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I welcome this week’s announcement that the government is to launch a new Combat Air Strategy later this year. NDI has campaigned hard for a long-term plan that sets out intentions for the future of the RAF’s fleet of combat jets beyond Typhoon and F-35 Lightening. Though these capabilities are due to be sustained into the 2040s, direction is required now to ensure that the UK supply chain is properly placed to deliver the technologies that the RAF will require to keep it at the top table of air power capability and ensure our national security for the long-term.


It is encouraging to here Defence Secretary Gavin Williamson launching the strategy with an intention that it ‘brings together the best of British engineering, skill and design, and deliver a compelling vision for the future of air power…to secure an enduring and strategic relationship with UK industry.’ This is vital, suggesting that the MOD acknowledges that a consistent pipeline of work is required throughout the supply chain to sustain the skills and infrastructure that will be instrumental in delivering the future vision. MOD’s own figures show that the UK’s defence aerospace industry is made up of around 2,500 companies, most of them SMEs, who together generate more than £33.5bn in turnover and employ over 128,000 people. In the combat air sector, this is of course focused around the two complimentary programmes that will form the backbone of the RAF fleet out to the 2040s; Typhoon and F-35 Lightening. The new strategy will be critical in determining the route to ensuring that UK industry can transition to deliver what will follow on from these.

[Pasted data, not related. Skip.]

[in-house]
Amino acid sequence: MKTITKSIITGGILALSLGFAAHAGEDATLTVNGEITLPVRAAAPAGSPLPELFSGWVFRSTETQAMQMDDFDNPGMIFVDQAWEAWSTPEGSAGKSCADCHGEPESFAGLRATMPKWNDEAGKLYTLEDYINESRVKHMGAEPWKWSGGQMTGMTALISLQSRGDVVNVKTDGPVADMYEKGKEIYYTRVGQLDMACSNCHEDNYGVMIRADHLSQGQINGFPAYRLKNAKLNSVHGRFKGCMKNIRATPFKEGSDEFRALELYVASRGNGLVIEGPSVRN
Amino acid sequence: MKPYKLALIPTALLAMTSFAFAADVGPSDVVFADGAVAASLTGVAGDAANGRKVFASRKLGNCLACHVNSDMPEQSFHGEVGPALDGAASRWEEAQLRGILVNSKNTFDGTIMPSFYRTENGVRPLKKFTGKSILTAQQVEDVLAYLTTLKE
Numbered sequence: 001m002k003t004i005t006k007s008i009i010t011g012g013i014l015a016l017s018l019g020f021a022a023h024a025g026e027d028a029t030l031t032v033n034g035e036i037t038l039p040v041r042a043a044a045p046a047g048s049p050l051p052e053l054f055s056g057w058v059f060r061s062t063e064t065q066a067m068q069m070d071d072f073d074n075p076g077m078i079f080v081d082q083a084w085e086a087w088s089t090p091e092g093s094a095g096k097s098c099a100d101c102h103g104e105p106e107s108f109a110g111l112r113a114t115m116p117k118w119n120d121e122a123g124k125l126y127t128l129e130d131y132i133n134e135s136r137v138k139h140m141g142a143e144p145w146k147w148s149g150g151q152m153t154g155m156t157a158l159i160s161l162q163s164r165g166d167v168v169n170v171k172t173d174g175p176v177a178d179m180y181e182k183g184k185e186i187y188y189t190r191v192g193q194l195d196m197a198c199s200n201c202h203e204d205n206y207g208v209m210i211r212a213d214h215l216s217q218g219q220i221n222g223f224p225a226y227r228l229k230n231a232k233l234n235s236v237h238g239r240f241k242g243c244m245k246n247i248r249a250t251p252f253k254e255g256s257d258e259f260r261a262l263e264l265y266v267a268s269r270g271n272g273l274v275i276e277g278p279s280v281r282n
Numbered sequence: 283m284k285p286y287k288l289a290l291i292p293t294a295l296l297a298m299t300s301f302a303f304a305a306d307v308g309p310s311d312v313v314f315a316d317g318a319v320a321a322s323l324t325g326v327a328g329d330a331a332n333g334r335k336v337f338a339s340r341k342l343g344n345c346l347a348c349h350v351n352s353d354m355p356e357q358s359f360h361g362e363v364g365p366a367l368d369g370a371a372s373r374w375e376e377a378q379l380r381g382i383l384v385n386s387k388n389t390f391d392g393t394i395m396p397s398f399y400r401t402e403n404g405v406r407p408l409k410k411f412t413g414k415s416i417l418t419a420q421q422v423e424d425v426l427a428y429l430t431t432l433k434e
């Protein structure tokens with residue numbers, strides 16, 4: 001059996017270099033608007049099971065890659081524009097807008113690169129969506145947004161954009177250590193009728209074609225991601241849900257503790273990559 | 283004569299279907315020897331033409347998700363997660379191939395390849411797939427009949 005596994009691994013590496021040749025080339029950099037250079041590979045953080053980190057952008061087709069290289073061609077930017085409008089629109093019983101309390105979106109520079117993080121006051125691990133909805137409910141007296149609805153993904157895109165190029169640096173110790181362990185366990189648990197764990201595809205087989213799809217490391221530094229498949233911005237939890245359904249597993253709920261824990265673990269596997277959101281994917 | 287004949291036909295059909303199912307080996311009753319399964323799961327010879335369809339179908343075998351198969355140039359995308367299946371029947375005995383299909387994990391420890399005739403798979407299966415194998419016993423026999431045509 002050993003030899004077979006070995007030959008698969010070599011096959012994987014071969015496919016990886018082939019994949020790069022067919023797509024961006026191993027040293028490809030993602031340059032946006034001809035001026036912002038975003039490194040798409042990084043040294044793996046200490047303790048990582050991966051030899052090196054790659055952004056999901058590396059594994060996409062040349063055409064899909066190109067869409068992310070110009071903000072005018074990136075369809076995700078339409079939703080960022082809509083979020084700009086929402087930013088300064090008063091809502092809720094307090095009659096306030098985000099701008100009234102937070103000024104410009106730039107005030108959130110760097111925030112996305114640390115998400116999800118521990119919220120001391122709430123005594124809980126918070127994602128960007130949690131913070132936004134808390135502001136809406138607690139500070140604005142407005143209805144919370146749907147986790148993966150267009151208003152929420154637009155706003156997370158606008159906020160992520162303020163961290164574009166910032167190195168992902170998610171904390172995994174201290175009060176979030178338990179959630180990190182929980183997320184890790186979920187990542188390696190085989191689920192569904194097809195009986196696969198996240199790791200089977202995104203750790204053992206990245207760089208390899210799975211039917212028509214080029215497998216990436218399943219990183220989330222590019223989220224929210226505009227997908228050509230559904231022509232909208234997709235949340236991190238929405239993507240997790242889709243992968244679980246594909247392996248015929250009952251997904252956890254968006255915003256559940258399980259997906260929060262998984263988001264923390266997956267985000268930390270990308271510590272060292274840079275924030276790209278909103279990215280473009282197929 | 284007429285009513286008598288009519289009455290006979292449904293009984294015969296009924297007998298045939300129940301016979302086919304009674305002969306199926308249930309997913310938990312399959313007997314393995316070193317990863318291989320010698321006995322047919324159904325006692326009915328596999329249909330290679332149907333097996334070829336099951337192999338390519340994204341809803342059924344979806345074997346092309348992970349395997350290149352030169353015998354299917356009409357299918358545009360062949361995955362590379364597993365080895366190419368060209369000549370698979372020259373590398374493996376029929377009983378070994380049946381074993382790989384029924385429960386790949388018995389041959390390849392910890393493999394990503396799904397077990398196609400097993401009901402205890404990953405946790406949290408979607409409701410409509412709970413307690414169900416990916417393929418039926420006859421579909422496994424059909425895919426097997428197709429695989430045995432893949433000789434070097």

Of course, despite being a squarely national strategy, it will need to take account of the inevitable fact that, like the RAF’s current platforms, the next generation of jets will be developed as part of an international partnership. European cooperation will be an obvious avenue of exploration, though the UK is not currently part of the Franco-German initiative announced last year to explore this. An option similar to the UK’s involvement with the US-led F-35 programme is also likely to be considered. What is most important will be to recognise that, as a nation, we can’t afford to assume that we will always have access to the latest capabilities by virtue of our Allies. The leading role of the UK in the Eurofighter programme, and our position as choice partner of the US on F-35, is not due to any act of benevolence. UK industry, right through the supply chain brings the critical leading technology, skills and experience to the table that enables this. It is this ‘value-added’ that means that 15% of every F-35 will be British. But this will only last as long as we have the technical means to do so. And this has particular relevance to SMEs. Our supply chain is as well positioned to engage in multinational procurement programmes as it is domestic, and this must be factored into government thinking on combat air, in a way that the National Shipbuilding Strategy fell somewhat short. This is what we will be campaigning on as MOD develops its strategy ahead of an anticipated summer publication.


Andy Tuscher

NDI Director